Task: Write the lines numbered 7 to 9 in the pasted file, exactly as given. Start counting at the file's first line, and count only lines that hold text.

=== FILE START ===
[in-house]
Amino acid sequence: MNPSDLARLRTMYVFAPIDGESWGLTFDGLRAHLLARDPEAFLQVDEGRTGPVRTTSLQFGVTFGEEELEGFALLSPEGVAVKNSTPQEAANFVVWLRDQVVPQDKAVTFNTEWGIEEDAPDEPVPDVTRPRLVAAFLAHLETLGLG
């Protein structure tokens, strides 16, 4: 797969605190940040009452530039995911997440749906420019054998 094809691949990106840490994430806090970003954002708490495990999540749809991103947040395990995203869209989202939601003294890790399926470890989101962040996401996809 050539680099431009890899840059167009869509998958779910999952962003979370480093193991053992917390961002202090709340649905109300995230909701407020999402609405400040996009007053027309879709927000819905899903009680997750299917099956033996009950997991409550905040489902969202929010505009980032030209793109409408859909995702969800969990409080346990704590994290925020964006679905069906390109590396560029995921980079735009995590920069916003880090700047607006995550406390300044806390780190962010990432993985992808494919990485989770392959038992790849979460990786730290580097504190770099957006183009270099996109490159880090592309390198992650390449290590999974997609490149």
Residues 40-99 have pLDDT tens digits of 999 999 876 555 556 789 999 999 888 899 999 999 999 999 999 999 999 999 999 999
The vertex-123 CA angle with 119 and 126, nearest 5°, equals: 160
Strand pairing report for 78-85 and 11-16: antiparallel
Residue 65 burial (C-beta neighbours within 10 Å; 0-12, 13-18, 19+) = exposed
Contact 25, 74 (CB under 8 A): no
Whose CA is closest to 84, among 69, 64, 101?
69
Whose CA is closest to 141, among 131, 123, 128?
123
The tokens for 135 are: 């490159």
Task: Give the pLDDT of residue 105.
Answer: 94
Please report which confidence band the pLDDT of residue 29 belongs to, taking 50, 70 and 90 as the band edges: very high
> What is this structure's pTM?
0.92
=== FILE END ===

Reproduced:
Residue 65 burial (C-beta neighbours within 10 Å; 0-12, 13-18, 19+) = exposed
Contact 25, 74 (CB under 8 A): no
Whose CA is closest to 84, among 69, 64, 101?